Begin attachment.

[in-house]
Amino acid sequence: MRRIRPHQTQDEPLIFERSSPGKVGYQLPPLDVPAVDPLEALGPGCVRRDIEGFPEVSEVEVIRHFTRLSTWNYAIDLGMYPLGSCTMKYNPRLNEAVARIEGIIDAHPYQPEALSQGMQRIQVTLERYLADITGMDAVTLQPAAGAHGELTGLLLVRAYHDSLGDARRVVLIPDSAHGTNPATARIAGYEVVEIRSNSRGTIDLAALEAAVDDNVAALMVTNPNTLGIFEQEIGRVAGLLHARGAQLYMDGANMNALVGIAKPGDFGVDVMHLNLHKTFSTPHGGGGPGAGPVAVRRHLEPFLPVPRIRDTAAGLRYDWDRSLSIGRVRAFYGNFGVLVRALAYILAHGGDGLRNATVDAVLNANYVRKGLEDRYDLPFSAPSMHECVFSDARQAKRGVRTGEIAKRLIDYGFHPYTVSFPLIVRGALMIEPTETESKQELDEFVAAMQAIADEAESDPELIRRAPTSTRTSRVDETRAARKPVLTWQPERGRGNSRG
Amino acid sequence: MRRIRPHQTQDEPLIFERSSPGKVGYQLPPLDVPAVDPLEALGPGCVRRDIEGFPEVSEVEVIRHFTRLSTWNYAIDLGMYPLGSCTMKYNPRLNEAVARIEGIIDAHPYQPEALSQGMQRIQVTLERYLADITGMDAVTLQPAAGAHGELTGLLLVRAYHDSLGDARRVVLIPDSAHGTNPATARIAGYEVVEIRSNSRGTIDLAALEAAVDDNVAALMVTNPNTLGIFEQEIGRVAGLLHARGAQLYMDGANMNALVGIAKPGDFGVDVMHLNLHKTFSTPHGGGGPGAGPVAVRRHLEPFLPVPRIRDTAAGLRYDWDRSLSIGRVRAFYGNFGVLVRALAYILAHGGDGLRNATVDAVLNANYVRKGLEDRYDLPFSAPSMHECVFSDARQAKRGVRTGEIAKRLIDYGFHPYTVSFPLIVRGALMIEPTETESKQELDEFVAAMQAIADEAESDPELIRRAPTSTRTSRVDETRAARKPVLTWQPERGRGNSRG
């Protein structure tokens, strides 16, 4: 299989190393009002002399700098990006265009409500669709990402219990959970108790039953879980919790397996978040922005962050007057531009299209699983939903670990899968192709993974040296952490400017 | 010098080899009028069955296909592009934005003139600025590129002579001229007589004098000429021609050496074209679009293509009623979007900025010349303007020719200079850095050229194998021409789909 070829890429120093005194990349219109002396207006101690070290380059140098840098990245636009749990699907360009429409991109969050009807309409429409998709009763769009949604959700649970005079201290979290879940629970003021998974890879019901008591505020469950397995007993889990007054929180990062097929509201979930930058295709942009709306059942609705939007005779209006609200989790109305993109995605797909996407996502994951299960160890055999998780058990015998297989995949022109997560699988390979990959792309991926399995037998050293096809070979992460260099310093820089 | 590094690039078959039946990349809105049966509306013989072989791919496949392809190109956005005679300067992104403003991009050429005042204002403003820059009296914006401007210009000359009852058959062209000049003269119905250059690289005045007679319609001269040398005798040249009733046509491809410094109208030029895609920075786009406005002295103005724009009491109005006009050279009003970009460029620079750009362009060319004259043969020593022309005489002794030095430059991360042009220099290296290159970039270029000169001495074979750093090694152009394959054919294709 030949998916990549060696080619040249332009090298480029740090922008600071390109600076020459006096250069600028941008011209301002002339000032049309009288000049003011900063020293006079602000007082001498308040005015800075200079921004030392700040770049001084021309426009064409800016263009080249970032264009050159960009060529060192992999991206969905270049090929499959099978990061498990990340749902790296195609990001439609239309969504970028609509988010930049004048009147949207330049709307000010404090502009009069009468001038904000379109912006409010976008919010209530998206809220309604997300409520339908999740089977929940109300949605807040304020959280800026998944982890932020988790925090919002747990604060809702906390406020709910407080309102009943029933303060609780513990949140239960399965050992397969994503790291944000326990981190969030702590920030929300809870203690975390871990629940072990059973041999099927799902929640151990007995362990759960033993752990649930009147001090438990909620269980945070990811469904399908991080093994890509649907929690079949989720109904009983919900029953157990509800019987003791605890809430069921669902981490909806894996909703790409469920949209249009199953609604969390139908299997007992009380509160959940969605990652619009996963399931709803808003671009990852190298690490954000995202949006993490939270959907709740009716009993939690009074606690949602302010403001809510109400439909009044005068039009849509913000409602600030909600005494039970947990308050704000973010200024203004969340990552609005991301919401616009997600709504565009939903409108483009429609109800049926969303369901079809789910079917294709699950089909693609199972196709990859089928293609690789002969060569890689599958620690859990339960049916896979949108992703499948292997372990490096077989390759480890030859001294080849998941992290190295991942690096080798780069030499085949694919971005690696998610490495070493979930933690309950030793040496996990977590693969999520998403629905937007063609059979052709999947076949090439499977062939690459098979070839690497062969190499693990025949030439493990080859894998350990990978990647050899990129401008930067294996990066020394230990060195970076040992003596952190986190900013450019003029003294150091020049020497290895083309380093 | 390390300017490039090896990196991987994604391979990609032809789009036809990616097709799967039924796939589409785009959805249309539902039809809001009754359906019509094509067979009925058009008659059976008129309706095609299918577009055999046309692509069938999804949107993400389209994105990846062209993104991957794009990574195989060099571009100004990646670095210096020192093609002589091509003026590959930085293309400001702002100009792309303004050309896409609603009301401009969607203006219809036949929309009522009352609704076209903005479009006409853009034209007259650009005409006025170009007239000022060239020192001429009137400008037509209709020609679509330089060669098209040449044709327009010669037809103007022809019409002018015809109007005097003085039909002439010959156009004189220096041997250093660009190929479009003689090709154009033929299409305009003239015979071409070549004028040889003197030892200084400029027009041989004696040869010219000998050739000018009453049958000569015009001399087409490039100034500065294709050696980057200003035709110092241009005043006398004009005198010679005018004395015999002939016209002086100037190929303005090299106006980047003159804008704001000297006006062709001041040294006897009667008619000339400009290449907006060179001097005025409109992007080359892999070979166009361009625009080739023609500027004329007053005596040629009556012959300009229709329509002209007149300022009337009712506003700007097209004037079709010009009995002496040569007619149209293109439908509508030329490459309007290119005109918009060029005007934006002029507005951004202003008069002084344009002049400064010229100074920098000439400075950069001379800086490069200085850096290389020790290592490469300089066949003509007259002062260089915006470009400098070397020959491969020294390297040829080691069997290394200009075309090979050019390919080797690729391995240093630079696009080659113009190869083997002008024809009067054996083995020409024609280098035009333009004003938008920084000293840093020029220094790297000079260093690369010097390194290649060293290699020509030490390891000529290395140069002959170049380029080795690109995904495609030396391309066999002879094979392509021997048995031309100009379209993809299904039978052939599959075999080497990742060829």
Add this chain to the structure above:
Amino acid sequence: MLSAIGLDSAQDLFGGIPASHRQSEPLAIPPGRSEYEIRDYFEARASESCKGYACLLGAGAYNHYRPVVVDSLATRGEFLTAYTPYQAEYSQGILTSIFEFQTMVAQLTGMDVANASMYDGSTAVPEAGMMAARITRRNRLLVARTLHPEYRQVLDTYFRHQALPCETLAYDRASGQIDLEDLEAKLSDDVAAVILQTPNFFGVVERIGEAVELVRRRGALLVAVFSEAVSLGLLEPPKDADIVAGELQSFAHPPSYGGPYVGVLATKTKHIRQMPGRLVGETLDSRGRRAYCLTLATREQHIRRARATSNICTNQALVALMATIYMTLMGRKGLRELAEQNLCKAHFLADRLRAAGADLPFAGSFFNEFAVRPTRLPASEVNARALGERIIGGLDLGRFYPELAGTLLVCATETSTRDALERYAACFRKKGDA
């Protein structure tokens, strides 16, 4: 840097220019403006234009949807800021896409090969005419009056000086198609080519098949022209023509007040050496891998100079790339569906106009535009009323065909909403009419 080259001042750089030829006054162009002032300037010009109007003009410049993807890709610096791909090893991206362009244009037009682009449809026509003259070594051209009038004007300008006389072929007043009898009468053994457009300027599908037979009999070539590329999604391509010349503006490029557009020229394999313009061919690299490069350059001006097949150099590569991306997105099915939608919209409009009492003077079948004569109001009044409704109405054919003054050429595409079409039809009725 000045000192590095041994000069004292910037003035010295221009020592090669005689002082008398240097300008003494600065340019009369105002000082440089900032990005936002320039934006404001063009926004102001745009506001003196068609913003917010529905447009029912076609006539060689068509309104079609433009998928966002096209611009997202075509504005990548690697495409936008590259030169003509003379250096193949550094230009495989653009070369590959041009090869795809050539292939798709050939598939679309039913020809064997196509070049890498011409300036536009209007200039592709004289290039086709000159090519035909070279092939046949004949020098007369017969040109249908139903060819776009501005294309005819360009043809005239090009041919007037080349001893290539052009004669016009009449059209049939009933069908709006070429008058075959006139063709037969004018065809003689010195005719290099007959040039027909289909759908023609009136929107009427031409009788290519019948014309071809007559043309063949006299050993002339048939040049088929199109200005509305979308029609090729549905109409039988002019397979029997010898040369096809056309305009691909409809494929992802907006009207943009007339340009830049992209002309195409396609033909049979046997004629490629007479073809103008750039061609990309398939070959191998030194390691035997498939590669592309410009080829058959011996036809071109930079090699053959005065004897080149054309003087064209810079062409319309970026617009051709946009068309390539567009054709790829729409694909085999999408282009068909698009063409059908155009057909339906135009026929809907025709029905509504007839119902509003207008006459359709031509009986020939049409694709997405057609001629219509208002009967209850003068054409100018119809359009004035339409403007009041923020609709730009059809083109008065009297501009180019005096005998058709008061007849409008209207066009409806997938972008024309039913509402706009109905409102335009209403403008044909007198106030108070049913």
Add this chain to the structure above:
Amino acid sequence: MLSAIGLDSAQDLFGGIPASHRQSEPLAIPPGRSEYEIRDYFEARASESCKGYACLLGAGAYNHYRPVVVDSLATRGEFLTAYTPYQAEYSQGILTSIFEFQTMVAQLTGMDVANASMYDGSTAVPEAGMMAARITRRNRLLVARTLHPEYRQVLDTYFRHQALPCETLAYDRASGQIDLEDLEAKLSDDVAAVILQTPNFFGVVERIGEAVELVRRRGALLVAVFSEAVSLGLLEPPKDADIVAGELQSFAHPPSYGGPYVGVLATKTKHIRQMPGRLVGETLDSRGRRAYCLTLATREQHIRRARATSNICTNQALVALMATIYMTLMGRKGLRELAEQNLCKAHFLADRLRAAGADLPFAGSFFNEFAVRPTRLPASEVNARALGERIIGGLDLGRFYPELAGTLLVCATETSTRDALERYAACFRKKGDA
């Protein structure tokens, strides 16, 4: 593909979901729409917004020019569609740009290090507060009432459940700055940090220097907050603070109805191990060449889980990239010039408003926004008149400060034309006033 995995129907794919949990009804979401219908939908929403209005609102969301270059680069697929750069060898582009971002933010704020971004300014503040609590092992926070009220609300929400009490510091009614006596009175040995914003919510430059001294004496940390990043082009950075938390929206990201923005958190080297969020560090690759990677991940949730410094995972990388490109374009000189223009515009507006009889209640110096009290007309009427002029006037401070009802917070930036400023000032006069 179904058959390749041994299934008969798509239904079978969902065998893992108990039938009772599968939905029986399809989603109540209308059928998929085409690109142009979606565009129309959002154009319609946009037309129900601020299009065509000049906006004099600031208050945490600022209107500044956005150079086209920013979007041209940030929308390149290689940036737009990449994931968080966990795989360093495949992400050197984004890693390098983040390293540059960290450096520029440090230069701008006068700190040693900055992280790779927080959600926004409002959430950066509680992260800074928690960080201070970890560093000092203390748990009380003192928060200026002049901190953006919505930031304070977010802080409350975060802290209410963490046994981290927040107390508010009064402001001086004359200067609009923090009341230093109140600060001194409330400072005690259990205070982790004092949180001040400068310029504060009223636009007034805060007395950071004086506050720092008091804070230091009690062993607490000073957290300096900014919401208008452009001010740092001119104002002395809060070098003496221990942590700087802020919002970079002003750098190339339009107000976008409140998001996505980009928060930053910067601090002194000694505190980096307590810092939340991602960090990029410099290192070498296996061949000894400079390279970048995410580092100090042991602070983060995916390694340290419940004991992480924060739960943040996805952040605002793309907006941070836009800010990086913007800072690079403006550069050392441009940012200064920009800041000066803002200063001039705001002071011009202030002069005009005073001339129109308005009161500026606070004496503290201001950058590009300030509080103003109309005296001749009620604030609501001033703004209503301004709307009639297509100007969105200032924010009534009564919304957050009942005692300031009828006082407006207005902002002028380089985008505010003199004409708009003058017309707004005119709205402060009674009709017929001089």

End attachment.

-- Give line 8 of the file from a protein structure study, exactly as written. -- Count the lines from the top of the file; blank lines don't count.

Add this chain to the structure above: